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Association Cortex

Association cortex is the cerebral cortex outside the primary areas (Figure 1). It is essential for mental functions that are more complex than detecting basic dimensions of sensory stimulation, for which primary sensory areas appear to be necessary. In humans the association areas are by far the most developed part of the cerebral cortex, and the brain in general. These areas are necessary for perceptual activities, like recognizing objects (toasters, horses, trees, words, etc), rather than simple contours, edges or sensory qualities like color or pitch.

Association areas take up an increasingly larger percentage of the cerebral cortex as brain size increases among different species. Figure 2-1e illustrates the increase in relative size of association areas as the brain gets bigger. Association cortex is shown as the pink area outside the primary cortical areas. It is much larger and takes up a much greater percentage of cortex on the human's cerebral hemisphere than on the rat's. The surface area of the human cerebral cortex (and monkey's, dog's, and horse's as well) is further enlarged by the sulci and gyri shown by the curving lines on the cerebral hemispheres.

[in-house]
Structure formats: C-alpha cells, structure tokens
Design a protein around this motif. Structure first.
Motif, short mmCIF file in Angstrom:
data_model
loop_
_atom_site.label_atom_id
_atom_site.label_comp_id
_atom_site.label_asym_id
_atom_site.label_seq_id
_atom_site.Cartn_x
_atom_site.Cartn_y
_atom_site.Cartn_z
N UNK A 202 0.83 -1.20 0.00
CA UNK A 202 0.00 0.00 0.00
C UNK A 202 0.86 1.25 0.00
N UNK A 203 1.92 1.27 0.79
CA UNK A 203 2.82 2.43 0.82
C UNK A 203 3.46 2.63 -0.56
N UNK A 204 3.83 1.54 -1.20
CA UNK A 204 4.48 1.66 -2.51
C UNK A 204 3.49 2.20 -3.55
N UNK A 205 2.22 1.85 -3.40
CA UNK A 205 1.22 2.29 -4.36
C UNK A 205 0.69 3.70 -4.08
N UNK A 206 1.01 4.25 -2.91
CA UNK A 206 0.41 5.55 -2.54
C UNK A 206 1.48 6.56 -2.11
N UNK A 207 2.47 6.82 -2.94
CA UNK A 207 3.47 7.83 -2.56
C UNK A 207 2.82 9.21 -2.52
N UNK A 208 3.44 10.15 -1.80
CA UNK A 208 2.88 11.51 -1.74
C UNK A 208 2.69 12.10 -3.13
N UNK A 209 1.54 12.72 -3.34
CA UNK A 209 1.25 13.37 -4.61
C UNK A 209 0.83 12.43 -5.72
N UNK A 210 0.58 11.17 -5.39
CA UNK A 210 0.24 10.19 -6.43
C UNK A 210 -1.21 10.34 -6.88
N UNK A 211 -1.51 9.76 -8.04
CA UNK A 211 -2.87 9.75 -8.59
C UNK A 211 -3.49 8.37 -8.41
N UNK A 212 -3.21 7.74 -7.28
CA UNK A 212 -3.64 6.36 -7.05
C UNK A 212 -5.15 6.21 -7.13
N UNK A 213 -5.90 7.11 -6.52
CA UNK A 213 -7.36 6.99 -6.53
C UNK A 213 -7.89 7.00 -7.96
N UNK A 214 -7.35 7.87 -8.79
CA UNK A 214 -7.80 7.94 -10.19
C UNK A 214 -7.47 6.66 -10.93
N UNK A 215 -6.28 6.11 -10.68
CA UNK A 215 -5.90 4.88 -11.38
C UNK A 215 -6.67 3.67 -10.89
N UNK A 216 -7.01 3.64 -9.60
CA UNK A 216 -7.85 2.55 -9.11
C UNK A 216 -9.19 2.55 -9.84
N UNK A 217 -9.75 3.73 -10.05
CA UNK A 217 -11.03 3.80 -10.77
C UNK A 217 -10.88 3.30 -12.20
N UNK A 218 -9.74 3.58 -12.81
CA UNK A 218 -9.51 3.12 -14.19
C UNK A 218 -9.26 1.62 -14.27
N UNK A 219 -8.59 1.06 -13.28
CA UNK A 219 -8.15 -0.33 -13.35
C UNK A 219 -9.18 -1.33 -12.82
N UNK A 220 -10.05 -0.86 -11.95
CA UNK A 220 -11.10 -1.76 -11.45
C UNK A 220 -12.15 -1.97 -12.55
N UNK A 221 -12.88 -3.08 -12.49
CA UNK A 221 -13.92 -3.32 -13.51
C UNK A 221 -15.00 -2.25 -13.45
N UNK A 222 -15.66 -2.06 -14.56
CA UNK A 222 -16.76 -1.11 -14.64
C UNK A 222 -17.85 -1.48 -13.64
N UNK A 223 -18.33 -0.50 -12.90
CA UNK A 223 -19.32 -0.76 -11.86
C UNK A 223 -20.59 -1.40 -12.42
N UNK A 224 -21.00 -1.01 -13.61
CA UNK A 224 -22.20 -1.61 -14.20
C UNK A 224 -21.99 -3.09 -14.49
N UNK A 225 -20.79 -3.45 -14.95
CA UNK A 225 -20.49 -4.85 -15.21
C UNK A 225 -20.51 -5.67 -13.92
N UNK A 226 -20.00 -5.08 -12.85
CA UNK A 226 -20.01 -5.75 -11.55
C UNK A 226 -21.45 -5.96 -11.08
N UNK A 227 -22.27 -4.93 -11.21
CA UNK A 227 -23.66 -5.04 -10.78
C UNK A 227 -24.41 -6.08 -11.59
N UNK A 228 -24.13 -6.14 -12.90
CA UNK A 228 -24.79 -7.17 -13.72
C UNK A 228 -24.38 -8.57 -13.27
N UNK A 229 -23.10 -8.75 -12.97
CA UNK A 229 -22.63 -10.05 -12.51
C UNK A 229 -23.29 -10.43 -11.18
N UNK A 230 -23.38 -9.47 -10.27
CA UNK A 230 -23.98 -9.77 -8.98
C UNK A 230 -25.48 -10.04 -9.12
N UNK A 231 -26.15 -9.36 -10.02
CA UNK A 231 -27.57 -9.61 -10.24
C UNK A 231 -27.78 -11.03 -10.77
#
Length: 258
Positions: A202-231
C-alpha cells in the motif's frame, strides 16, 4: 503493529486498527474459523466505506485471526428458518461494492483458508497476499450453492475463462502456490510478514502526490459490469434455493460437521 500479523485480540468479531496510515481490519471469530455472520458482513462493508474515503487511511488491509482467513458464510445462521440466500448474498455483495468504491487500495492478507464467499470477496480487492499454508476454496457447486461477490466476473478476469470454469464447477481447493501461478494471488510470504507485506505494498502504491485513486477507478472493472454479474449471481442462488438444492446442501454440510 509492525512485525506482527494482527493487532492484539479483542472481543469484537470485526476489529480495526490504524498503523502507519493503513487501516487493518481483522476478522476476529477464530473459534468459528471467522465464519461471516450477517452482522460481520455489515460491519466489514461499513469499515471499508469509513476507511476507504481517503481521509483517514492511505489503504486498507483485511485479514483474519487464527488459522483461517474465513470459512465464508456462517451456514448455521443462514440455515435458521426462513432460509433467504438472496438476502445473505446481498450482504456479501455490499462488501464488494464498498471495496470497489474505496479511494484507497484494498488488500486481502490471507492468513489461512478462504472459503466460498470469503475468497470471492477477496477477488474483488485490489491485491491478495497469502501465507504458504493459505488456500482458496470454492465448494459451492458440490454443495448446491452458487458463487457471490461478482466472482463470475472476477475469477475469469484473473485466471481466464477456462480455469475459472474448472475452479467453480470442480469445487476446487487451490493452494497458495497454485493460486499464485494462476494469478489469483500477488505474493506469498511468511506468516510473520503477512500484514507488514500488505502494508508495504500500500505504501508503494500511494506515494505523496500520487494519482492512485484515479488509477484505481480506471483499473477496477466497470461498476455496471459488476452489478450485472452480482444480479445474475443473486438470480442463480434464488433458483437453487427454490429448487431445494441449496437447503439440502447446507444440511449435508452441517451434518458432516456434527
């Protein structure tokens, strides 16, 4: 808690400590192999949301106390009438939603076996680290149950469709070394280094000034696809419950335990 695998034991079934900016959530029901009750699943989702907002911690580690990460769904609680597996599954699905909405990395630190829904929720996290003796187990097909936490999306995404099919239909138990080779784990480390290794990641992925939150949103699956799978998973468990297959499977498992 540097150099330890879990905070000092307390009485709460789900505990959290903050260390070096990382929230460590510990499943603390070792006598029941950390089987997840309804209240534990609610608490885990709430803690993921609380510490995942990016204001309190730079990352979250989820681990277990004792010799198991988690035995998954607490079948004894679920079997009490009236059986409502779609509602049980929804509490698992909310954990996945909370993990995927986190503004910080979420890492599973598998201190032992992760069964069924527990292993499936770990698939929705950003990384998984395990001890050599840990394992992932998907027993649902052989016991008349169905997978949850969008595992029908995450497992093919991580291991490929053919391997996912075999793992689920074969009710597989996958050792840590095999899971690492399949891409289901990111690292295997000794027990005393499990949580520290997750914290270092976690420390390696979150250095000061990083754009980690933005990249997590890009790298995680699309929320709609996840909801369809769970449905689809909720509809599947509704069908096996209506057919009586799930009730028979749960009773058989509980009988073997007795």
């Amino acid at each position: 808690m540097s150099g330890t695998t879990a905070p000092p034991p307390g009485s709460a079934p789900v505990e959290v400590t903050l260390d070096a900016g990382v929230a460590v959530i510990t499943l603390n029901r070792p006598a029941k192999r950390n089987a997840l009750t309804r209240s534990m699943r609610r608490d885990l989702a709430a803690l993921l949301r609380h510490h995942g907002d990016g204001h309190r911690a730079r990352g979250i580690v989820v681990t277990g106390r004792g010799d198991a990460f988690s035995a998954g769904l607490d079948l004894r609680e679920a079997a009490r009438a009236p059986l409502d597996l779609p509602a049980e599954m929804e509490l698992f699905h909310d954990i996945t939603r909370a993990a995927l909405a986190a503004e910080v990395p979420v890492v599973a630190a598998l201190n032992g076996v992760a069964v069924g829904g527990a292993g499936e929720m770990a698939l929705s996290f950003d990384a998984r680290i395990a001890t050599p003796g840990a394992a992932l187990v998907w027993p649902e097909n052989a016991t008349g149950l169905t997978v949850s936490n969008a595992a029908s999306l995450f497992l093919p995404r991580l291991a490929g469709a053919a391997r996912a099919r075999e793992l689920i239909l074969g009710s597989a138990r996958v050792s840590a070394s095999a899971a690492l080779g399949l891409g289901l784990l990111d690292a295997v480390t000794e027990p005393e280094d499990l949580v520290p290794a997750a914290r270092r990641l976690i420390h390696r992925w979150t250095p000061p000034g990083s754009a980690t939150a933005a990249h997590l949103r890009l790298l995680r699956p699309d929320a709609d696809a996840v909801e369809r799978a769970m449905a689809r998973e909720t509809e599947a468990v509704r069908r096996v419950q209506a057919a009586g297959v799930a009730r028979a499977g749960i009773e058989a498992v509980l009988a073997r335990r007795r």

Figure 1-2e. Primary and association cortical areas in human and rat. The pink area, which shows the association cortex, is much larger and also takes up a much larger percentage of cortex in the human than in the rat cerebral hemisphere.

The increasing size of association cortex correlates with the complexity of behavior and inferred mental functions that different species show.